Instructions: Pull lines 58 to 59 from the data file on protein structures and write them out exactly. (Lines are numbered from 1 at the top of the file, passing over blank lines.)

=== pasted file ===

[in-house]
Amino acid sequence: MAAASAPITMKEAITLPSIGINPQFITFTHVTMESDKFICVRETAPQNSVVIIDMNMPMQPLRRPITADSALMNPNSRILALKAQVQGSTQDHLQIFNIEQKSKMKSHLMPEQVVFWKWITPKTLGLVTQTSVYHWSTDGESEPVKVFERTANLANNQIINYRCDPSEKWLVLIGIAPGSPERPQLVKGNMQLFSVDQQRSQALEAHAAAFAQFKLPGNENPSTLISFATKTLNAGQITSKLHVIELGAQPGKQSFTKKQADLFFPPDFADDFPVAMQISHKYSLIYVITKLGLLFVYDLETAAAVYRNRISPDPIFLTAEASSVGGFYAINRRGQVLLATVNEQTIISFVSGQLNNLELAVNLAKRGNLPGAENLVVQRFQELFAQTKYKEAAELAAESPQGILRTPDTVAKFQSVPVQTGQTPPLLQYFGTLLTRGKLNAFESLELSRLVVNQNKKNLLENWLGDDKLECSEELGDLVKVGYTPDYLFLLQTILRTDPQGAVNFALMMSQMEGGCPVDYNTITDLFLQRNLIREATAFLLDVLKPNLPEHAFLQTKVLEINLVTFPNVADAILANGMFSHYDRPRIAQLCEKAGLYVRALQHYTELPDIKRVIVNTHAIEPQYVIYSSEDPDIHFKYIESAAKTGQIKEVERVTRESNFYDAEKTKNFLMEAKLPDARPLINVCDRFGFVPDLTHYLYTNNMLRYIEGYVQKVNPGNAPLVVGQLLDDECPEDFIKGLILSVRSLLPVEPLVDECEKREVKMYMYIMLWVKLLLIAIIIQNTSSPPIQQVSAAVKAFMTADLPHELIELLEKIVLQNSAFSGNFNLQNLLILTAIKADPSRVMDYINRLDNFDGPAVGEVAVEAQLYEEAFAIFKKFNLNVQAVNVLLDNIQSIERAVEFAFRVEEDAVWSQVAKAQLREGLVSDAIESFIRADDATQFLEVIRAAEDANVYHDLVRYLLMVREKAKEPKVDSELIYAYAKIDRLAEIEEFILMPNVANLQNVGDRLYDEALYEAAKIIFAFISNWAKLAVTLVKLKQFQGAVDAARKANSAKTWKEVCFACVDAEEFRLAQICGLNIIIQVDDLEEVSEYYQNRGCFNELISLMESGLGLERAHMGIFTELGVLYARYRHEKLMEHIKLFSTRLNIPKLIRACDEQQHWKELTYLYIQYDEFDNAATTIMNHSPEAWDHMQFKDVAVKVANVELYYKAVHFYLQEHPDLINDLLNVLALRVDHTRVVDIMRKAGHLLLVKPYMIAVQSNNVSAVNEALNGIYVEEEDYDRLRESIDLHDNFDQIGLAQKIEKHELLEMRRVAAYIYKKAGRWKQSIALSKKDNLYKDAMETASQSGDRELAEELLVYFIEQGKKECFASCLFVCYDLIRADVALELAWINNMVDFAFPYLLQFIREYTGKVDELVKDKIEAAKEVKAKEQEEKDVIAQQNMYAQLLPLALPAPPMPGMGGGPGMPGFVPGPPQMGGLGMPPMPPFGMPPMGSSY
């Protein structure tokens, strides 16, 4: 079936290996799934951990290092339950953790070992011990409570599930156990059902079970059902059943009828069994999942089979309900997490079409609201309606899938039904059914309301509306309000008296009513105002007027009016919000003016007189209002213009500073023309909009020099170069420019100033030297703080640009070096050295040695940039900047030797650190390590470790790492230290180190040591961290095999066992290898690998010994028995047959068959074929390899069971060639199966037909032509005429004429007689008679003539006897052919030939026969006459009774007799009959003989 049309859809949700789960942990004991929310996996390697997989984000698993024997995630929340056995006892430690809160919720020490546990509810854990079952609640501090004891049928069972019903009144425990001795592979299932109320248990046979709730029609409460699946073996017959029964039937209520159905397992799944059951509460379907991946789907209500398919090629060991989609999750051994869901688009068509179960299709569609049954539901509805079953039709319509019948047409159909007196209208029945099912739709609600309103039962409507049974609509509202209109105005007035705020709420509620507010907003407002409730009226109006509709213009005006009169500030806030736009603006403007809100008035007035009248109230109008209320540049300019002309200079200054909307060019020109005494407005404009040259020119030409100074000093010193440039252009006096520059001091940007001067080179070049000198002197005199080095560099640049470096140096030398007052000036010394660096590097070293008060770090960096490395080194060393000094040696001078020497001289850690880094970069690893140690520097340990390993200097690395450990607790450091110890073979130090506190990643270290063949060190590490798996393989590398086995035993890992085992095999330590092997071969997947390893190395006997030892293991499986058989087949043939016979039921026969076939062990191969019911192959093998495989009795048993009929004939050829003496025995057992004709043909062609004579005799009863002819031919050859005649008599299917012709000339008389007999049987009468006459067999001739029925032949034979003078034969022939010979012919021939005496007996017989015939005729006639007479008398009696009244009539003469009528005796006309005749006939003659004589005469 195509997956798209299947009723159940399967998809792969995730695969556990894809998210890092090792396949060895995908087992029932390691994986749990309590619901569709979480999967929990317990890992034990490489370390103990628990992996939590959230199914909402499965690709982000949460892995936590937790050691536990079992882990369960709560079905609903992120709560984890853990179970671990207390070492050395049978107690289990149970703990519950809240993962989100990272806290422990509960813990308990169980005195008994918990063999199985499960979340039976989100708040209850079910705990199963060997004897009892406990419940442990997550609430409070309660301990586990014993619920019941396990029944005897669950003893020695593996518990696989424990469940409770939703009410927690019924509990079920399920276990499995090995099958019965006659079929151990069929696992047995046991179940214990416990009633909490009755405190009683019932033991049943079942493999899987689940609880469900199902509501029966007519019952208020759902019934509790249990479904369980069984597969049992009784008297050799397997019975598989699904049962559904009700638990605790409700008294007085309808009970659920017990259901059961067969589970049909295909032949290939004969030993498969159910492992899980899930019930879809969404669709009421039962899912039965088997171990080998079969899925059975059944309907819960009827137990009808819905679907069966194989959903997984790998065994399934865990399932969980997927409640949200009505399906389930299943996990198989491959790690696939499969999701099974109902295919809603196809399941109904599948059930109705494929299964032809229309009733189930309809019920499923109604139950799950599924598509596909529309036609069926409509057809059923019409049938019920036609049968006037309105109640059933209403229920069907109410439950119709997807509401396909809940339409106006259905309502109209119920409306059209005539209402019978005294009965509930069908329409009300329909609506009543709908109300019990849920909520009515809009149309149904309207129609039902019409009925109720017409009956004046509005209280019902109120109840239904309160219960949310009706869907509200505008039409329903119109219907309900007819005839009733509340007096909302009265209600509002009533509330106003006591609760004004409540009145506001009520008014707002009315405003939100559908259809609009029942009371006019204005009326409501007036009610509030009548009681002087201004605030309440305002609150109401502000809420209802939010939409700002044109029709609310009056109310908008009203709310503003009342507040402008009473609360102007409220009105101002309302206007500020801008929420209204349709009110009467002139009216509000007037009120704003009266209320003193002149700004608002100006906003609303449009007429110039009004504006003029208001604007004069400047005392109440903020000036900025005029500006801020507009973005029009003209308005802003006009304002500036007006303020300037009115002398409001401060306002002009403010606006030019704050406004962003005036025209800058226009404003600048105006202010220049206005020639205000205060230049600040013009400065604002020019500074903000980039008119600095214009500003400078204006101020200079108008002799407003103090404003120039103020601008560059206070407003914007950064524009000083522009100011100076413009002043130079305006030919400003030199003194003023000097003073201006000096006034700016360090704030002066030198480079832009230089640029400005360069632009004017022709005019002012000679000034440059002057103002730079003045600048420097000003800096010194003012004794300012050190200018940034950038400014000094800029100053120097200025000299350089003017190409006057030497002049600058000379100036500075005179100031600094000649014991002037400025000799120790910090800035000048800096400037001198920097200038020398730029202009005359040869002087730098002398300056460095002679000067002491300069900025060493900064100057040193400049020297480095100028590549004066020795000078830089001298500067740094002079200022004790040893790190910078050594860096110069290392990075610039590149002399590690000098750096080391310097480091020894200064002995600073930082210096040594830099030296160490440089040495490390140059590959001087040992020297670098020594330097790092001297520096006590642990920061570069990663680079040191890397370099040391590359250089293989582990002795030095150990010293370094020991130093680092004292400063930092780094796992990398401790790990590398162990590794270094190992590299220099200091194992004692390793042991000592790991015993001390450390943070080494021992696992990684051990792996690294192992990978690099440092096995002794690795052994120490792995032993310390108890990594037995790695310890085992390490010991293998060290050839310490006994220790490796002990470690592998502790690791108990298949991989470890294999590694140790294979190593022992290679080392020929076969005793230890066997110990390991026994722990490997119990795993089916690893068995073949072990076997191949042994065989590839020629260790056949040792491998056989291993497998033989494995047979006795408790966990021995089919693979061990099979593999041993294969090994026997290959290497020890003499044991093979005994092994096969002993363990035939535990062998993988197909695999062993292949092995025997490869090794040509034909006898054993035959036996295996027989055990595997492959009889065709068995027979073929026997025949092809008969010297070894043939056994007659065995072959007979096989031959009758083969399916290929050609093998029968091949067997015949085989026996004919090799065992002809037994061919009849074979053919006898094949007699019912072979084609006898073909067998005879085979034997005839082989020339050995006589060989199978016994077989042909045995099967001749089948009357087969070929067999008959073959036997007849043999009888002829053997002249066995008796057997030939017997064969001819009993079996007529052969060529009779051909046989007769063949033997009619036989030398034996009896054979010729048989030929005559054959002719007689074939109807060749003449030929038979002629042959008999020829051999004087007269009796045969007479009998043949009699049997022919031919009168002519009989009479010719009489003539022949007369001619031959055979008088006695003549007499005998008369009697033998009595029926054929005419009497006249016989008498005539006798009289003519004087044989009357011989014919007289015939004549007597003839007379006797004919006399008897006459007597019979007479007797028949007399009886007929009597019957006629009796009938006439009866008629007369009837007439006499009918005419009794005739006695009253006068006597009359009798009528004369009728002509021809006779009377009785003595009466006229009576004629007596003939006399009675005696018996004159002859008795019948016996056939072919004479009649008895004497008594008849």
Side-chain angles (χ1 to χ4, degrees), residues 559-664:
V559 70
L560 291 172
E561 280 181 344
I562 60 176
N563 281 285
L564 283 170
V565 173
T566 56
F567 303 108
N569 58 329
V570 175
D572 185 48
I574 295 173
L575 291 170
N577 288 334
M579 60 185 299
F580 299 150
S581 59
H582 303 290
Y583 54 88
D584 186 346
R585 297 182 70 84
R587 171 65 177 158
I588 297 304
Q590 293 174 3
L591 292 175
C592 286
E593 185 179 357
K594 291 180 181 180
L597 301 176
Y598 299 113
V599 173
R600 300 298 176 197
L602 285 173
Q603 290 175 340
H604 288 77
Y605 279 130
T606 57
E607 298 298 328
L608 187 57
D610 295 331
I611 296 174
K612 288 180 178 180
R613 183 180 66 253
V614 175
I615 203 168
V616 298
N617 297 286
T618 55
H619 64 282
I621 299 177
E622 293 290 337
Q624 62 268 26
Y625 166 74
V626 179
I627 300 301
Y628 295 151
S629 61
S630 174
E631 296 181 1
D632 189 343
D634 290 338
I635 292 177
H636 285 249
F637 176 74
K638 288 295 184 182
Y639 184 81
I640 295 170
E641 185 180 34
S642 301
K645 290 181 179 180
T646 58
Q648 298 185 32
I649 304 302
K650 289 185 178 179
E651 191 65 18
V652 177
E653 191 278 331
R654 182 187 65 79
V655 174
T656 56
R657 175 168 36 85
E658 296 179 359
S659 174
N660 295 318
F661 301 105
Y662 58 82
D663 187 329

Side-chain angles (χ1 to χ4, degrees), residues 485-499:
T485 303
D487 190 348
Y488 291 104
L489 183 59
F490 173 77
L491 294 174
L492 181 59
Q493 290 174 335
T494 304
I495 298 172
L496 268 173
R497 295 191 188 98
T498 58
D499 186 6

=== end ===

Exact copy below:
Y625 166 74
V626 179